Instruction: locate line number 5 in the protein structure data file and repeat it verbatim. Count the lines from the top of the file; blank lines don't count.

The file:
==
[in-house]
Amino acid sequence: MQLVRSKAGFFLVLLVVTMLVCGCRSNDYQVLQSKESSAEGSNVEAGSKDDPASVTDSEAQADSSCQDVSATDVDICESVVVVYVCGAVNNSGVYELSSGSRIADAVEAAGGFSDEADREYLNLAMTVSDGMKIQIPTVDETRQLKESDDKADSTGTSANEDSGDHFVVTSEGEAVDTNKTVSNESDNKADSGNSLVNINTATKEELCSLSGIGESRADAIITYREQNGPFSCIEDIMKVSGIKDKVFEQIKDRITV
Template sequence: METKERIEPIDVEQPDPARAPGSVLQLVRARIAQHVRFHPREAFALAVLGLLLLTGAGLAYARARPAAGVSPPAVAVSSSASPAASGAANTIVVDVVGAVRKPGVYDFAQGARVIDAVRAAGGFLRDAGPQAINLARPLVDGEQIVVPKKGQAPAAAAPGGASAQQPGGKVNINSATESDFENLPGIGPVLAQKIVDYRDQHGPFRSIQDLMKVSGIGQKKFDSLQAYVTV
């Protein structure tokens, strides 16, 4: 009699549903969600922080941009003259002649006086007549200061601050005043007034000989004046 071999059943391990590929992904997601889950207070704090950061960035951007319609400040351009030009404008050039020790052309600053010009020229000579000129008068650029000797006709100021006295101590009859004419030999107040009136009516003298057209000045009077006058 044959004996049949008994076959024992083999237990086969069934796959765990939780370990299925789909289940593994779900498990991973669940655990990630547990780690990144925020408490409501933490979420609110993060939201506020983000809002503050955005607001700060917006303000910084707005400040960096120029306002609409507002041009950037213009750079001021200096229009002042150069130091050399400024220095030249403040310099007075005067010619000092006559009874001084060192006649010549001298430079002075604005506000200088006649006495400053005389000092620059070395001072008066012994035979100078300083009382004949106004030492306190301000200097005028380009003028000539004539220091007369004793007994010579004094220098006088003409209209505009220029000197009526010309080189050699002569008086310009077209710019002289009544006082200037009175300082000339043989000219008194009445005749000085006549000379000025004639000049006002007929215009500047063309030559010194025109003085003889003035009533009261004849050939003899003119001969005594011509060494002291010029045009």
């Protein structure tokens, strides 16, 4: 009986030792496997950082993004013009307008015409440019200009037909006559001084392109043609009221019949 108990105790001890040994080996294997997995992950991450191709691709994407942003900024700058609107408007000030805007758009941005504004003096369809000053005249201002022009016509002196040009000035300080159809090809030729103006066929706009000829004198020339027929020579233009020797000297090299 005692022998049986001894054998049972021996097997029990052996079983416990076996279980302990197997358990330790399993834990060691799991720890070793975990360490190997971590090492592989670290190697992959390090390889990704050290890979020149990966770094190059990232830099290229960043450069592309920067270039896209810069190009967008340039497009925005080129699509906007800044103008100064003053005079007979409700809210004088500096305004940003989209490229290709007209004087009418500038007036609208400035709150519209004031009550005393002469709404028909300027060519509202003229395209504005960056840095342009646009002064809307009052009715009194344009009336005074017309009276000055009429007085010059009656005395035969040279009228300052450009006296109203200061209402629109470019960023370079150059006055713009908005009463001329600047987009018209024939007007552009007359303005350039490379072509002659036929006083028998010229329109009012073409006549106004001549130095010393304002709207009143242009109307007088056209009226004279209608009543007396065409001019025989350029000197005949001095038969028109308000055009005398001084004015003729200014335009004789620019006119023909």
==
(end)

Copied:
């Protein structure tokens, strides 16, 4: 009986030792496997950082993004013009307008015409440019200009037909006559001084392109043609009221019949 108990105790001890040994080996294997997995992950991450191709691709994407942003900024700058609107408007000030805007758009941005504004003096369809000053005249201002022009016509002196040009000035300080159809090809030729103006066929706009000829004198020339027929020579233009020797000297090299 005692022998049986001894054998049972021996097997029990052996079983416990076996279980302990197997358990330790399993834990060691799991720890070793975990360490190997971590090492592989670290190697992959390090390889990704050290890979020149990966770094190059990232830099290229960043450069592309920067270039896209810069190009967008340039497009925005080129699509906007800044103008100064003053005079007979409700809210004088500096305004940003989209490229290709007209004087009418500038007036609208400035709150519209004031009550005393002469709404028909300027060519509202003229395209504005960056840095342009646009002064809307009052009715009194344009009336005074017309009276000055009429007085010059009656005395035969040279009228300052450009006296109203200061209402629109470019960023370079150059006055713009908005009463001329600047987009018209024939007007552009007359303005350039490379072509002659036929006083028998010229329109009012073409006549106004001549130095010393304002709207009143242009109307007088056209009226004279209608009543007396065409001019025989350029000197005949001095038969028109308000055009005398001084004015003729200014335009004789620019006119023909």